The namesake of the play, “Macbeth” is a man who faced a decision between his own personal passion and his moral obligations and duties. The two choices pulled at him and seemed to torment him even after he made a decision. Through the conflict that Macbeth felt because of his decisions, the reader can better empathize with him, and can obtain a more profound lesson from the story concerning decisions between personal passions and moral obligations. Macbeth is not what one would call “perfect.” He is neither a hero nor an absolute villain. The fact that he feels the stress or tension between his choices and desires helps to create a more human like, accessible character. For example, on page 30 while speaking to his wife after starting to have second thoughts with their plan to kill Duncan, Macbeth says, “I have no spur to prick the …show more content…
As stated in the previous paragraph, the beginning of the story Macbeth is a different character than by the end of the story. Again, at the beginning he seemed to be loyal and good, but with every step he took to secure power he gradually, and sometimes not so gradually, became more corrupted. The entire story itself serves as a very good example of this moral, but some points that really stick out are where he has Banquo murdered after killing Duncan, and when he has Macduff’s family killed after feeling threatened. Macbeth realized after killing Duncan that Banquo knew about the prophecy and could possibly link Macbeth to the murder. So, Macbeth does the unthinkable and kills his friend, all to keep his secret and to maintain his power. The reader receives a glimpse into the companionship that the two shared in the earliest parts of the story. So when Macbeth has him killed, it just shows exactly how far the corruption has gotten and how much humanity he has
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His desire for the crown outweighed his conscience to do what was morally right. Now, void of morality, he kills the guards to cover up and divert any suspicion from himself. And, as his thrust for power grows, he kills his friend Banquo to eliminate all threats that would stand in his way. His tyranny did not stop there; not only was he a lying murderer, but he now personified evil as he set eye on “The castle of Macduff” by ordering the killing of everyone in the household (4.1.151). Macbeth reigned with fear, berating those around him or killing them to maintain control.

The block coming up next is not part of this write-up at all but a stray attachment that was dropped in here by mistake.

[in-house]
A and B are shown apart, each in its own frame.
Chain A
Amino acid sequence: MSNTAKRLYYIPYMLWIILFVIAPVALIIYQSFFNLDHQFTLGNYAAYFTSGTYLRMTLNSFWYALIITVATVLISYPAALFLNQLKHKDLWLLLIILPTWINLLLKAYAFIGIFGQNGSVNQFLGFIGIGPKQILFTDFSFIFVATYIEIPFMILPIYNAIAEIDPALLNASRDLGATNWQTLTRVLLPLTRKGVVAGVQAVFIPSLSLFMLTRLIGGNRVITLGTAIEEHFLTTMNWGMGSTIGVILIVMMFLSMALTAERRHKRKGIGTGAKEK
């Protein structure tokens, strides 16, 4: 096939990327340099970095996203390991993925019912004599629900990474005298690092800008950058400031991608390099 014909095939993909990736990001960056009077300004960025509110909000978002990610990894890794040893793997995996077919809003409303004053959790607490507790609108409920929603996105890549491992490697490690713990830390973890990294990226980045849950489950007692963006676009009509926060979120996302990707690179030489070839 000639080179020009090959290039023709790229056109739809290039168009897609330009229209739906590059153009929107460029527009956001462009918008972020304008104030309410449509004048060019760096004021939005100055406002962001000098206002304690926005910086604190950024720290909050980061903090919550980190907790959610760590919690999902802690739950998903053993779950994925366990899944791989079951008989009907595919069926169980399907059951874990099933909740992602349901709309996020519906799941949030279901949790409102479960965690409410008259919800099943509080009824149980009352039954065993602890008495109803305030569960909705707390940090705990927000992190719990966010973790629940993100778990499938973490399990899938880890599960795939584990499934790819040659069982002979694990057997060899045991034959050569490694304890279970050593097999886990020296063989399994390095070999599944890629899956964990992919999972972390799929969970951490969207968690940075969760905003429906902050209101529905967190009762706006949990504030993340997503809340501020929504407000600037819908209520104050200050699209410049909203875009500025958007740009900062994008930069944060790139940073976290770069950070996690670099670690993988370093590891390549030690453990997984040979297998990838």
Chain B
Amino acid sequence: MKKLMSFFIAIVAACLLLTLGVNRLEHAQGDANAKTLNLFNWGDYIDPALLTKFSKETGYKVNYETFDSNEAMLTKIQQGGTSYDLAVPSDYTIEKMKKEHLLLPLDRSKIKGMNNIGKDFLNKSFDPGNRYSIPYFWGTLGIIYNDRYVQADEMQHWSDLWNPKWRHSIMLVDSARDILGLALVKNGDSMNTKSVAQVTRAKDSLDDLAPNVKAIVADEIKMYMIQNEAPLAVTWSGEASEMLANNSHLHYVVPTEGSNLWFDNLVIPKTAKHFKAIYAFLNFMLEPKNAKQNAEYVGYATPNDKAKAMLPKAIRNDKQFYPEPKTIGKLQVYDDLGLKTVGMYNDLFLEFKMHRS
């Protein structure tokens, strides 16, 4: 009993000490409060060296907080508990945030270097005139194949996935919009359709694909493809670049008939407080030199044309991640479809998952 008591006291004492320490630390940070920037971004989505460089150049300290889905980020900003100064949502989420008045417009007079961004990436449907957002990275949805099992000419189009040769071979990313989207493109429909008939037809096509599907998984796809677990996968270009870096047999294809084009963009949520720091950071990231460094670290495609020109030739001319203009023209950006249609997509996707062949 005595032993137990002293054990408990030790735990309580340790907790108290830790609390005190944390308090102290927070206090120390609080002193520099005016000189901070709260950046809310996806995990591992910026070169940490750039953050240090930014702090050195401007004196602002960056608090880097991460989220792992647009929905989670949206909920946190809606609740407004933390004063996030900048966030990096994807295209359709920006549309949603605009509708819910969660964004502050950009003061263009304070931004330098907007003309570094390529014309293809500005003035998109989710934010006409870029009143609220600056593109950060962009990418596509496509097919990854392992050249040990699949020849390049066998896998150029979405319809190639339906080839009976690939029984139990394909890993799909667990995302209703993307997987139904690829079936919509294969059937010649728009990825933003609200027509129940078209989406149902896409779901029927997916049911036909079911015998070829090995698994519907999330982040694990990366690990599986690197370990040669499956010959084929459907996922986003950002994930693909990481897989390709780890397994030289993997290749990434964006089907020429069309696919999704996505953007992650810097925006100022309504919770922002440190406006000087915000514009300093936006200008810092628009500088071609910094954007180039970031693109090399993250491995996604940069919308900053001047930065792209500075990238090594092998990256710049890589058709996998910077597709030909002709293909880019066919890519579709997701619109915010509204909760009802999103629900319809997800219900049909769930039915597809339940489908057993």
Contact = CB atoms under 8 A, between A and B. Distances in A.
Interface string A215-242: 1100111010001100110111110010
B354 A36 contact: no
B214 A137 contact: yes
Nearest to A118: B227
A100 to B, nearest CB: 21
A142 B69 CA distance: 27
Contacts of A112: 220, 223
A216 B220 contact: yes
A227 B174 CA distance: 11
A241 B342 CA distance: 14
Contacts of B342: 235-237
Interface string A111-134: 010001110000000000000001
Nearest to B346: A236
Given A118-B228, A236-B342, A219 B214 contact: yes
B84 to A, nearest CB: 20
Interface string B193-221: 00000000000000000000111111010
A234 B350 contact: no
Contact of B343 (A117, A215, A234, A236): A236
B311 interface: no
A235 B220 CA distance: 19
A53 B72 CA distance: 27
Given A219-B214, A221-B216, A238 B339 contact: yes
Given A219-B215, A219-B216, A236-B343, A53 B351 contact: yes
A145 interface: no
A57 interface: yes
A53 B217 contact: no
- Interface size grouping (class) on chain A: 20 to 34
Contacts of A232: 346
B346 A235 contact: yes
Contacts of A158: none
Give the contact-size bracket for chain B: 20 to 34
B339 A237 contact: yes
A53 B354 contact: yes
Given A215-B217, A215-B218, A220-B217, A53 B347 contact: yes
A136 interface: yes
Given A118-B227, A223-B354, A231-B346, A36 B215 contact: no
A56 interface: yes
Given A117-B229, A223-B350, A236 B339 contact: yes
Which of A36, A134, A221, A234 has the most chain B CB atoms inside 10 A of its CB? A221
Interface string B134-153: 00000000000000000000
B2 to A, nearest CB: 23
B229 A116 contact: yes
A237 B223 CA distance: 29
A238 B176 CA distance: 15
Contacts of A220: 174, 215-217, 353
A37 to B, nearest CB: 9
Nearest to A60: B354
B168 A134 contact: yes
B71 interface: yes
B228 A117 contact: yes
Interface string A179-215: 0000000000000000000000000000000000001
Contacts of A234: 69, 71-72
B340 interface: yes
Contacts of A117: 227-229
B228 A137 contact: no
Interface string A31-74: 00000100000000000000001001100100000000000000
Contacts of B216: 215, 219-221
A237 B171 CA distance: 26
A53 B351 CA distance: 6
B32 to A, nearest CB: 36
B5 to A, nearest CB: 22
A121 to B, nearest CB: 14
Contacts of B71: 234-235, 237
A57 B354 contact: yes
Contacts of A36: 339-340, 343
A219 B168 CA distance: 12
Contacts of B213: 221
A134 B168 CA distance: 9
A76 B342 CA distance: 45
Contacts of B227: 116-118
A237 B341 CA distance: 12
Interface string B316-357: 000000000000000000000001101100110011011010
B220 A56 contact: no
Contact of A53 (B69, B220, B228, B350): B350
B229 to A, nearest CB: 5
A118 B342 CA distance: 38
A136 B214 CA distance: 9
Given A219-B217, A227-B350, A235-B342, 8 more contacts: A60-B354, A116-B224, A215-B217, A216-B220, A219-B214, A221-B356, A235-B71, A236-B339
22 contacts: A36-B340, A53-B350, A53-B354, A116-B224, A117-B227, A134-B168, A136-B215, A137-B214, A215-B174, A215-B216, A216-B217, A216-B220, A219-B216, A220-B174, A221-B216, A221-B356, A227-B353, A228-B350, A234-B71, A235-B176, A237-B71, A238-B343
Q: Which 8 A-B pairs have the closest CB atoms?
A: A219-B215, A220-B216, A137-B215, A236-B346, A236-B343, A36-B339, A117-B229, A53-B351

In the play you are able to see that Macbeth has low moral standards. He chooses power and fame over honesty. This portrays how he has allowed his ambition to control him while ignoring the quality of being virtuous and ignoring his immense guilt in committing a murder. He attempted to hide his darkness from the world so that other people would continue to see him as a man that is worthy of honour.
When the story begins, Macbeth truly is a “peerless kinsman” to the king (1.4.66); however, as the story progresses others refer to him in this way only because they are oblivious to his true desire” (Balwan 3). As Balwan states, Macbeth has as significant change due to the so call “power” of being king. While Macbeth transitions to a new form of character, he isolates himself from Lady Macbeth. As the power increases, Macbeth is determined to kill.
The play also illustrates the inner turmoil one can face and what it looks like to be eaten alive by guilt. As the audience watches Macbeth make increasingly corrupt decisions, their loyalties are slowly forced to shift. This change in Macbeth shows how humanity is capable of both good and
Macbeth’s ambition, as a significant theme in the book, letting him make the decision to murder Duncan and advance the prophecy of the witches. Even though he feels conflicts about killing Duncan, he admits his reason for murder… When Macbeth is honest with himself, he recognize there is no good reason to kill Duncan but his ambitious mind to power. It is true that supernatural world would certainly tempts him and Lady Macbeth strongly encourages him, but, by his own ambition, it is his “vaulting ambition”,his tragic flaw, that leads him down his path as a tragic hero. At the beginning of the book, Macbeth already had much more honors than others, but obviously, he does not satisfy by the limited power.